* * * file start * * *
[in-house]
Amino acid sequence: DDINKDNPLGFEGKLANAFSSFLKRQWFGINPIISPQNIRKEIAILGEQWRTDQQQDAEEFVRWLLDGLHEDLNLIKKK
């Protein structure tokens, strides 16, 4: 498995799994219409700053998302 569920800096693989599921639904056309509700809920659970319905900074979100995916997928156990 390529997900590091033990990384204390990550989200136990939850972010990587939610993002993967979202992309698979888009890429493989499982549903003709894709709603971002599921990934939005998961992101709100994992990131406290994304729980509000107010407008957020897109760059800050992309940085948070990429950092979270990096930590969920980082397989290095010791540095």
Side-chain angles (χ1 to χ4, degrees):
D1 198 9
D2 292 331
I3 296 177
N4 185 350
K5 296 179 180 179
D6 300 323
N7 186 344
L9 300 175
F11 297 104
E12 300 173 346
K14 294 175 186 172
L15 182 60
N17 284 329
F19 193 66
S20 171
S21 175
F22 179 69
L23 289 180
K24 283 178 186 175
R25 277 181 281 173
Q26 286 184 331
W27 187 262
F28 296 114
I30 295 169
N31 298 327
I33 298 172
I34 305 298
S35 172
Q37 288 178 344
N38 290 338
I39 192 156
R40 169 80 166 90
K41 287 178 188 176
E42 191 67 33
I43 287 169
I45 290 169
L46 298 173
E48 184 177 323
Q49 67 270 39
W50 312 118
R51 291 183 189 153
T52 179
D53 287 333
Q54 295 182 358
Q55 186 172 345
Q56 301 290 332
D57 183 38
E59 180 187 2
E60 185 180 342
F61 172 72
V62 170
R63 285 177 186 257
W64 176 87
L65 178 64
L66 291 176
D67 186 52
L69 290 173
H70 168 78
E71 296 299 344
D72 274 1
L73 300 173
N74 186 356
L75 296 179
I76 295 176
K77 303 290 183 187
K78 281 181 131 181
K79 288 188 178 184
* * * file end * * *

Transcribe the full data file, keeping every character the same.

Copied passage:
[in-house]
Amino acid sequence: DDINKDNPLGFEGKLANAFSSFLKRQWFGINPIISPQNIRKEIAILGEQWRTDQQQDAEEFVRWLLDGLHEDLNLIKKK
């Protein structure tokens, strides 16, 4: 498995799994219409700053998302 569920800096693989599921639904056309509700809920659970319905900074979100995916997928156990 390529997900590091033990990384204390990550989200136990939850972010990587939610993002993967979202992309698979888009890429493989499982549903003709894709709603971002599921990934939005998961992101709100994992990131406290994304729980509000107010407008957020897109760059800050992309940085948070990429950092979270990096930590969920980082397989290095010791540095």
Side-chain angles (χ1 to χ4, degrees):
D1 198 9
D2 292 331
I3 296 177
N4 185 350
K5 296 179 180 179
D6 300 323
N7 186 344
L9 300 175
F11 297 104
E12 300 173 346
K14 294 175 186 172
L15 182 60
N17 284 329
F19 193 66
S20 171
S21 175
F22 179 69
L23 289 180
K24 283 178 186 175
R25 277 181 281 173
Q26 286 184 331
W27 187 262
F28 296 114
I30 295 169
N31 298 327
I33 298 172
I34 305 298
S35 172
Q37 288 178 344
N38 290 338
I39 192 156
R40 169 80 166 90
K41 287 178 188 176
E42 191 67 33
I43 287 169
I45 290 169
L46 298 173
E48 184 177 323
Q49 67 270 39
W50 312 118
R51 291 183 189 153
T52 179
D53 287 333
Q54 295 182 358
Q55 186 172 345
Q56 301 290 332
D57 183 38
E59 180 187 2
E60 185 180 342
F61 172 72
V62 170
R63 285 177 186 257
W64 176 87
L65 178 64
L66 291 176
D67 186 52
L69 290 173
H70 168 78
E71 296 299 344
D72 274 1
L73 300 173
N74 186 356
L75 296 179
I76 295 176
K77 303 290 183 187
K78 281 181 131 181
K79 288 188 178 184